In the wake of the Sept. 11 terrorist attacks, New York’s Newsday began a daily, two-page feature titled “The Lost.” The section is devoted to profiles of the dead and missing victims. Early on, editors noticed the pages filled with white faces.
“I think it was because the firefighters and the people on the planes were mostly white males, and those were the names easiest to get,” said Charlotte Hall, Newsday’s managing editor.
After they came to that realization, Newsday staffers went out of their way to find a multicultural mixture of people who have suffered. They began to focus on the families of immigrants who worked in the penthouse restaurant, Windows on the World. The coverage went beyond profiles as reporters began to explore the unique challenges facing immigrant victims; those who entered the country illegally may not receive federal aid and may face deportation. Those who are of Middle Eastern heritage face prejudice, even though they have suffered, too.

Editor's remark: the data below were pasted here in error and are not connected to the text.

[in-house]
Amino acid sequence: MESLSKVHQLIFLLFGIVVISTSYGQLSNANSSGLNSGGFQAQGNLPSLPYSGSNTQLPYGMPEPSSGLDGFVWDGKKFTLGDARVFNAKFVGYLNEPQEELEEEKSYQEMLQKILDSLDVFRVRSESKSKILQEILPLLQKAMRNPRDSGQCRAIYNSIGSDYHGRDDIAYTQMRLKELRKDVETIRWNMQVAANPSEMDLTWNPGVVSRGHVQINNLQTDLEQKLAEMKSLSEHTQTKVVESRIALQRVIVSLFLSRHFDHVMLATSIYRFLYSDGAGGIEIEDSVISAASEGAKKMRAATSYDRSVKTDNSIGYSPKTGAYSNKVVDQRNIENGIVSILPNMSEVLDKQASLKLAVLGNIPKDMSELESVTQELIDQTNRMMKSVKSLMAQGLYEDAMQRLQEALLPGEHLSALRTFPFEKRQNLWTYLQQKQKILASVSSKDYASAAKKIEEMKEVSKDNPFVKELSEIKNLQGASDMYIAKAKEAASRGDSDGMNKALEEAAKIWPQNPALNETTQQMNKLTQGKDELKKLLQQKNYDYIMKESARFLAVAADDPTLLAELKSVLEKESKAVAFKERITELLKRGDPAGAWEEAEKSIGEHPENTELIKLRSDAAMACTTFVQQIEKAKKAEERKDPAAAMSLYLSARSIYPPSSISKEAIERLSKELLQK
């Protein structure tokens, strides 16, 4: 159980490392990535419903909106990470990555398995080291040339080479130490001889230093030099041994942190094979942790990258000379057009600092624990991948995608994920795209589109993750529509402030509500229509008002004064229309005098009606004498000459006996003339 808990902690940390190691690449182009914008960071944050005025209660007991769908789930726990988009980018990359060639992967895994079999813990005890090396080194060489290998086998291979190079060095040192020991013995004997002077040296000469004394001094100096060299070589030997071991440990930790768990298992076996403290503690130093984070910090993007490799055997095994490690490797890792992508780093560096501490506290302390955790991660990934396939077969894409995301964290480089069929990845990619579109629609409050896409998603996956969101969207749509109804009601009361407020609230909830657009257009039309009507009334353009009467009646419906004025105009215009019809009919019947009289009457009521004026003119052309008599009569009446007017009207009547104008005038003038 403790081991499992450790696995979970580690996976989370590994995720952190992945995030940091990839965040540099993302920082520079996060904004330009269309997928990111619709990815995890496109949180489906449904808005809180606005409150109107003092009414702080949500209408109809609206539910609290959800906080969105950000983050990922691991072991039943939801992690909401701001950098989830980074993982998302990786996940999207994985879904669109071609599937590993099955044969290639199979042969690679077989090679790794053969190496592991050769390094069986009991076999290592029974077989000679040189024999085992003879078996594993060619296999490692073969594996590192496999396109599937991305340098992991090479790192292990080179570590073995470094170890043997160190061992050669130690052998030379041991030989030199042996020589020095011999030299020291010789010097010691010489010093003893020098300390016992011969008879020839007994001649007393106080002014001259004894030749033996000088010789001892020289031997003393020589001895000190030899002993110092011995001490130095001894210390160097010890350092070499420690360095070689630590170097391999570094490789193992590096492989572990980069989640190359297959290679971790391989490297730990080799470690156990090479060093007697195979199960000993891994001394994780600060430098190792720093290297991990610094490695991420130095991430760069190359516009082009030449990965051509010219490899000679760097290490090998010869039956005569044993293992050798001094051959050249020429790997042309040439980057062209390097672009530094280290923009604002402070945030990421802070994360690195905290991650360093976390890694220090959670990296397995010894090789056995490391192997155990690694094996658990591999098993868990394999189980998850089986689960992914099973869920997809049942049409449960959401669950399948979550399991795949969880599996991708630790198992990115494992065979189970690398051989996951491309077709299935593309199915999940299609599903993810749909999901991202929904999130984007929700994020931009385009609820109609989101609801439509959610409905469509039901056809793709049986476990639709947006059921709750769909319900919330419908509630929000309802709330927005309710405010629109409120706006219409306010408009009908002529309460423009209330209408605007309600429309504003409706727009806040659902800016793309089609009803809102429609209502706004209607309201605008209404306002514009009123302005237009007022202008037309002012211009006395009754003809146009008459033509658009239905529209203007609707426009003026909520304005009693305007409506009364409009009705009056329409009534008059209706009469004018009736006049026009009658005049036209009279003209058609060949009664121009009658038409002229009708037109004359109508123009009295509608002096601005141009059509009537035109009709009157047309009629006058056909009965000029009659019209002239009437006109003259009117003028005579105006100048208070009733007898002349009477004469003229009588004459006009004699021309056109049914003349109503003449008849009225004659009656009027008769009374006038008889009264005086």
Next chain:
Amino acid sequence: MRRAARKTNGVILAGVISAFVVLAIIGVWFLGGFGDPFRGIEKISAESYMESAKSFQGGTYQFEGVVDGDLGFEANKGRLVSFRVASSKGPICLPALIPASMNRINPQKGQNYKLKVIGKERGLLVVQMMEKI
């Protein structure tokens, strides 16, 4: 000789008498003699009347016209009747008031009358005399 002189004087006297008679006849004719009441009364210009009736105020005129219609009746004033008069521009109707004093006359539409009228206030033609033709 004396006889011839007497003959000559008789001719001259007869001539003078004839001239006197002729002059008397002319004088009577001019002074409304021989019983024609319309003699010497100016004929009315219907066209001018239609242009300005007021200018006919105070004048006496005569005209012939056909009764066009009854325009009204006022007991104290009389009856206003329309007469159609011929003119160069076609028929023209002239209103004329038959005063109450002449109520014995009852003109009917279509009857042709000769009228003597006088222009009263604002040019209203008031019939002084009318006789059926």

The added depth in its victim coverage came largely as a result of the paper’s diverse staff, Hall said. In Newsday’s circulation area, 26 percent of the population are minorities. The paper’s newsroom has the same demographic breakdown.
Media organizations have spent years pushing for diverse hiring. Recently, some have begun to focus on a new question: If they achieve their staffing goals, what is the result? Some believe that diversity, when managed properly, makes for a newspaper that is more accurate, more fair and a truer representation of the community. But critics worry that too much diversity means too much liberalism and the silencing of conservative views.